Indice: Part I: The Road to Rome; Part II: The Anzio Beachhead; Part III: "Lancing the Abscess"; Part IV: Stalemate; Part V: Breakout. ( )
  BiblioLorenzoLodi | Apr 2, 2014 |
3765. Fatal Decision: Anzio and the Battle for Rome, by Carlo D'Este (read June 29 2003) Since C-SPAN is talking for three hours with D'Este on July 6, I thought I should read something by him, having greatly appreciated his Decision in Normandy when I read it on 5 July 1992. This is an unmatchable account of the events leading up to the landing at Anzio on 22 Jan 1944 and the horrific time there till they finally broke out in May and captured Rome on June 4, 1944. It is a nigh perfect book, telling the whole story very well and examining the controversy over John Lucas and Mark Clark's grievous error in racing to Rome instead of cutting off the German army south of Anzio. This book was no doubt the best thing I read this month. ( )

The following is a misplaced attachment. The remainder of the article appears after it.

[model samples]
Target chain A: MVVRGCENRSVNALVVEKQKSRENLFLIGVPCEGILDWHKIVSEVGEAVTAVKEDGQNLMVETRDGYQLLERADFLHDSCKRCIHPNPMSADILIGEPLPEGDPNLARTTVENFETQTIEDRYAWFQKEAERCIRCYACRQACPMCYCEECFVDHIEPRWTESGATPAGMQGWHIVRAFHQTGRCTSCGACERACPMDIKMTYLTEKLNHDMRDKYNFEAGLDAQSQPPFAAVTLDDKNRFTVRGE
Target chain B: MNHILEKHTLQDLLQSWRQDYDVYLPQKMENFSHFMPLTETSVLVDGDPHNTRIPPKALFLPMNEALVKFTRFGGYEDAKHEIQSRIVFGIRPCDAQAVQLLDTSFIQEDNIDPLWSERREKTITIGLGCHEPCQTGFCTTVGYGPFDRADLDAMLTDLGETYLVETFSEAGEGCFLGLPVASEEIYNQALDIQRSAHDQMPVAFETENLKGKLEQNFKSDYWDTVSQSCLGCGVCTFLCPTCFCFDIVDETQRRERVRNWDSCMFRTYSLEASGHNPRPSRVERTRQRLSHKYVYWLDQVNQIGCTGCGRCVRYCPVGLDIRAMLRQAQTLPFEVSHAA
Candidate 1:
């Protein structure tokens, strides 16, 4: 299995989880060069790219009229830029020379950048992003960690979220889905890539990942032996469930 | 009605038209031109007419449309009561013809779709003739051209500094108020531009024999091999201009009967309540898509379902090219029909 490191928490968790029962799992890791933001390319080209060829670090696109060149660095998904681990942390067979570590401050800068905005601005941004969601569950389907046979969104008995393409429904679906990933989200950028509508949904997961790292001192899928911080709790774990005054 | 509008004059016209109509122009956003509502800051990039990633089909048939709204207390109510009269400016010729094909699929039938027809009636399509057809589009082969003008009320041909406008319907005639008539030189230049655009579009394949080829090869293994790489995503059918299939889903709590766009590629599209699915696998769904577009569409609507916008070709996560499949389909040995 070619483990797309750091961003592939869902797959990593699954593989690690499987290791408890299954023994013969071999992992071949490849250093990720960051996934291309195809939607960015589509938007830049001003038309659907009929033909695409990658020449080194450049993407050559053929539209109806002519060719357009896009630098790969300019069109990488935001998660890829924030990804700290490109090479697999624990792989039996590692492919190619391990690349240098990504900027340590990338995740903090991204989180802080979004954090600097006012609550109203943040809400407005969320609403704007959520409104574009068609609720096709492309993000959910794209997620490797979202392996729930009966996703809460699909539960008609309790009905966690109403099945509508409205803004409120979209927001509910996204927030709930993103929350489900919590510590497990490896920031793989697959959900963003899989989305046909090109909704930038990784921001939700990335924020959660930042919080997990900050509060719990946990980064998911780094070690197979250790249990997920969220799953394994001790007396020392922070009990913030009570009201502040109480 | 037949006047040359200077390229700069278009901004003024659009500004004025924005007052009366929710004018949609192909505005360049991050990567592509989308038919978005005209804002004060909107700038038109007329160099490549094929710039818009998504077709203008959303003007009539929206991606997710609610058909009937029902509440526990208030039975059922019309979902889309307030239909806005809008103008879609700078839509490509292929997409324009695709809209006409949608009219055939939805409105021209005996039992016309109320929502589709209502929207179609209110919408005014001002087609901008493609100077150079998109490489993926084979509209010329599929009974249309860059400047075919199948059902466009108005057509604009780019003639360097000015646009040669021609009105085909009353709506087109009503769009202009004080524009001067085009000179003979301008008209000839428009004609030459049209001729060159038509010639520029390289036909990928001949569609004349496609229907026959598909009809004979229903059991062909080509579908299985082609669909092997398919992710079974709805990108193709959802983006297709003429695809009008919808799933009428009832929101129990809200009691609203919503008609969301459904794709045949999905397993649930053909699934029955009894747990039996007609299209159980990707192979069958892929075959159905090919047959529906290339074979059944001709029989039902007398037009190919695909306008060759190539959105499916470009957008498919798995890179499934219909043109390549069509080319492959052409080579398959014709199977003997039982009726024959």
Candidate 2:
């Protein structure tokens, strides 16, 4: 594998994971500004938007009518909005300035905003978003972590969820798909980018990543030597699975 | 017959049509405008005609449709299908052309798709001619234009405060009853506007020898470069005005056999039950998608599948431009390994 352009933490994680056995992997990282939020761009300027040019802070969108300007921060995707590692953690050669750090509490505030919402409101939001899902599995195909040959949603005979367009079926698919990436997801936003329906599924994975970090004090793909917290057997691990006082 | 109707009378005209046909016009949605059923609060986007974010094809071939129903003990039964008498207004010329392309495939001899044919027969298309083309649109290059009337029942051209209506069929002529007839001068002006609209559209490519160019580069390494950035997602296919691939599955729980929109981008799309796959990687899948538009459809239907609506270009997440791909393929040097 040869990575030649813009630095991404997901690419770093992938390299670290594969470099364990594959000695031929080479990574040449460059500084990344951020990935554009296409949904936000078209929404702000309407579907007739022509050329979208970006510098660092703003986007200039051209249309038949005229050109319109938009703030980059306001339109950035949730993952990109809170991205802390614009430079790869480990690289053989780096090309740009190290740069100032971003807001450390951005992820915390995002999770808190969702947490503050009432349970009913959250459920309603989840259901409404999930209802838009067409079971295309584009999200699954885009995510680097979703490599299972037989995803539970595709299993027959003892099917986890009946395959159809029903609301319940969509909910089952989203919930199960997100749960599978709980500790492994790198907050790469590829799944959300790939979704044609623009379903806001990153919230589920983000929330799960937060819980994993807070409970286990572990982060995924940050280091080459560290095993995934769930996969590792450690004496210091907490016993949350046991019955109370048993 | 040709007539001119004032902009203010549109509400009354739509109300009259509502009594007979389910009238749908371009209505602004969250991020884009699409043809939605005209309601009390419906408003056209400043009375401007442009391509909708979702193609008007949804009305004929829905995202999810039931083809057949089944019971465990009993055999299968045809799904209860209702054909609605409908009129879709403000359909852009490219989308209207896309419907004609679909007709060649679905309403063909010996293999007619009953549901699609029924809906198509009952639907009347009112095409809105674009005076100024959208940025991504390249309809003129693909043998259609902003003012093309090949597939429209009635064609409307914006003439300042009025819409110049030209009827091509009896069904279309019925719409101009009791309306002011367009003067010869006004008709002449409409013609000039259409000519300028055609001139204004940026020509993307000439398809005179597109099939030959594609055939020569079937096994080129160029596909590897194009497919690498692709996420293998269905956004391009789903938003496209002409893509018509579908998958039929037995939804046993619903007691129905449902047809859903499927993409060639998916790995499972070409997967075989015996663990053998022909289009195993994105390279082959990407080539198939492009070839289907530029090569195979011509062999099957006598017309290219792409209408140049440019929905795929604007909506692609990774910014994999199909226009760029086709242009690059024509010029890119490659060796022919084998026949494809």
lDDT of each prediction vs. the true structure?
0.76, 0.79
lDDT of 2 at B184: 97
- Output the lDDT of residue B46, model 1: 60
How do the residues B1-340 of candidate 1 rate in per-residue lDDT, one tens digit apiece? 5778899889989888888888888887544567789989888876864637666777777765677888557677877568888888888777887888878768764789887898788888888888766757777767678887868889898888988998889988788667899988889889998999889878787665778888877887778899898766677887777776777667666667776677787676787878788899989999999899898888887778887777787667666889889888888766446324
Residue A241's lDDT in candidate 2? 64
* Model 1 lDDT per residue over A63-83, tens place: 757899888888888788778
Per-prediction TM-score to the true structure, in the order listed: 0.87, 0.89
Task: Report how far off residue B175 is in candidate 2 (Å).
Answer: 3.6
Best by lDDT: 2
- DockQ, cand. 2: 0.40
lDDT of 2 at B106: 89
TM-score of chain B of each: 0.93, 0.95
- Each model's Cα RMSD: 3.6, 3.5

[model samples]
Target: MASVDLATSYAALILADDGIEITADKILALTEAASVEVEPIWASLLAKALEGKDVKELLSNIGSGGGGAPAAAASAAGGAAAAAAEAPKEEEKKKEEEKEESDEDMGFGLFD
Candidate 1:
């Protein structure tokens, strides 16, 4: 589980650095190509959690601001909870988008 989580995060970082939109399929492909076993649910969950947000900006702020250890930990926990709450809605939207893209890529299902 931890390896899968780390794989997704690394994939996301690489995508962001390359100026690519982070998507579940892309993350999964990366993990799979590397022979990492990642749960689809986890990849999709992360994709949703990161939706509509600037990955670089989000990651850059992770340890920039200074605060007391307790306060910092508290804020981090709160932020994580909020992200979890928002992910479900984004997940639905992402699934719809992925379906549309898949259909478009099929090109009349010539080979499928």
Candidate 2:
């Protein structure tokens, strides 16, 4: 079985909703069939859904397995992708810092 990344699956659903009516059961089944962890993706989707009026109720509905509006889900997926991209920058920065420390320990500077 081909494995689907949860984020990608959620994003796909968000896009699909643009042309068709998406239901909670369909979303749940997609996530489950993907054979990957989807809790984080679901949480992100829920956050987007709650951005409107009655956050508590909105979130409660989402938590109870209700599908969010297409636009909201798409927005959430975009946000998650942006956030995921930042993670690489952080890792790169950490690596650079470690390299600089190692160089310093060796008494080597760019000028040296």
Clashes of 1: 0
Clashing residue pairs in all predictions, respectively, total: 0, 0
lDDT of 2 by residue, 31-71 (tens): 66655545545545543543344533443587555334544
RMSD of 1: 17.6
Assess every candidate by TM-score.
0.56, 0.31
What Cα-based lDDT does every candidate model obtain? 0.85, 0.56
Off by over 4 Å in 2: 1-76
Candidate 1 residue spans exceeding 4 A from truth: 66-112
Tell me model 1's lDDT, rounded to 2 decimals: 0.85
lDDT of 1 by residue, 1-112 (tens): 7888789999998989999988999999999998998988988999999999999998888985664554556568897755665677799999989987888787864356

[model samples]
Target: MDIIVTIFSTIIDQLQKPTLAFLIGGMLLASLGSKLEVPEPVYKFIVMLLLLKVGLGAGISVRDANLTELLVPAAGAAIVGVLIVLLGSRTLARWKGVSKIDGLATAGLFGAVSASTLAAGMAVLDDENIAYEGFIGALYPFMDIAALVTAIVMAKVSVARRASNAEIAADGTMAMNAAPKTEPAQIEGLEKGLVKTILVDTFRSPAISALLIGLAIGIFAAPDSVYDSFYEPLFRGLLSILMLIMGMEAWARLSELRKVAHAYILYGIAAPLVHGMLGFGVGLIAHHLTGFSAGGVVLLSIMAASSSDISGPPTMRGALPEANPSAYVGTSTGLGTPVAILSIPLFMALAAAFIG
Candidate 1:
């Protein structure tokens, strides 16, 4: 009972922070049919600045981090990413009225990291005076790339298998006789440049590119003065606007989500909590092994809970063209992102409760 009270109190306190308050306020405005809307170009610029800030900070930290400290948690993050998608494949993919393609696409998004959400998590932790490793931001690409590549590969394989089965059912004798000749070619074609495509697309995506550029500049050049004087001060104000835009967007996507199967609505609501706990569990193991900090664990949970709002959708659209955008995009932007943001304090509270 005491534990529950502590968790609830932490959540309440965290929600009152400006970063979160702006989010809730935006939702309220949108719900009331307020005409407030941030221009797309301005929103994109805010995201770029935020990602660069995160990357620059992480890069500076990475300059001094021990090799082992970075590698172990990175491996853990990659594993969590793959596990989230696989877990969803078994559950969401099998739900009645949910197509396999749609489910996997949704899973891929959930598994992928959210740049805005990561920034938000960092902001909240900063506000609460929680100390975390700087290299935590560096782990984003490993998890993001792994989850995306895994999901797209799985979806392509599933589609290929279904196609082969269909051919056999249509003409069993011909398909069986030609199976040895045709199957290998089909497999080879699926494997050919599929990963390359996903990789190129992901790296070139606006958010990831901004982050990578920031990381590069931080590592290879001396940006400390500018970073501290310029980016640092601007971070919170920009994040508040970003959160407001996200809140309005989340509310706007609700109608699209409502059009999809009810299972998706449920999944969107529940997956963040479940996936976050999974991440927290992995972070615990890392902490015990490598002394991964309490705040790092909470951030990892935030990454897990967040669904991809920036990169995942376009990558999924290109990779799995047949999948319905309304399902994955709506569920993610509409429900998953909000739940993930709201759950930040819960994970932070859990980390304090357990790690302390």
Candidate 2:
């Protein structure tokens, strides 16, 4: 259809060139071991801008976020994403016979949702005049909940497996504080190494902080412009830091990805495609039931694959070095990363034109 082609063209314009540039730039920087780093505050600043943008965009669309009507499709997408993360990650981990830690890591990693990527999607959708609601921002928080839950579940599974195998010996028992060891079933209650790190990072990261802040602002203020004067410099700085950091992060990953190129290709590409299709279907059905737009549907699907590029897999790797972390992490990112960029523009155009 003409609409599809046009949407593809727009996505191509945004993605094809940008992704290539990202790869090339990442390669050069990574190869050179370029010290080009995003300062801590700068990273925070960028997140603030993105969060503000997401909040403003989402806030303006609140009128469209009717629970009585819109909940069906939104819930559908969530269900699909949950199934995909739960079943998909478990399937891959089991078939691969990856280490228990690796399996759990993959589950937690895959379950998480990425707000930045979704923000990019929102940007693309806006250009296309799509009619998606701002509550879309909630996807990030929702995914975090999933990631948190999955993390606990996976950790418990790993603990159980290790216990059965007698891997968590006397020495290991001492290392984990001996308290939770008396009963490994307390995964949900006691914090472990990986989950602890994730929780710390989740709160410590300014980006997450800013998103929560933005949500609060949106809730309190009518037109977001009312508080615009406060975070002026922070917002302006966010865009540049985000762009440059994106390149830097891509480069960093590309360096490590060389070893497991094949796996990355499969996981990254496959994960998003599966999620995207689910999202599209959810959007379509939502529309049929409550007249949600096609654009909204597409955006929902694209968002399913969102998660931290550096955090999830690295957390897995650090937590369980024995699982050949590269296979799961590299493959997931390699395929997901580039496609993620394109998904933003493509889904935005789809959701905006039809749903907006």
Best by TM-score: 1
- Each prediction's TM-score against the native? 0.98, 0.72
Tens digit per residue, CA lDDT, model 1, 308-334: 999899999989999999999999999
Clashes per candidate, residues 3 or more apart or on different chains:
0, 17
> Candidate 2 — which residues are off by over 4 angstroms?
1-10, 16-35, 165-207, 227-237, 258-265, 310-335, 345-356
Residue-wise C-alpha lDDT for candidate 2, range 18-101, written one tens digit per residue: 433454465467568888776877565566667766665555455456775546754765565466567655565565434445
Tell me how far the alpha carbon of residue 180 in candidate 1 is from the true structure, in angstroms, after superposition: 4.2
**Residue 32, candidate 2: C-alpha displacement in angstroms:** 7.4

Schmerguls | Nov 12, 2007 |
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An eminent World War II historian has described Anzio as a "gamble" conceived in impatience and carried out in haste, the result of a large measure "of resentment and conflict between allies.
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In the winter of 1943-44, Anzio was a small resort and port just south of Rome. But with Allied troops repelled at Monte Cassino, the plan was a surprise amphibious landing at Anzio on 22 January 1944. This title offers a narrative of one of the most desperate campaigns of World War II.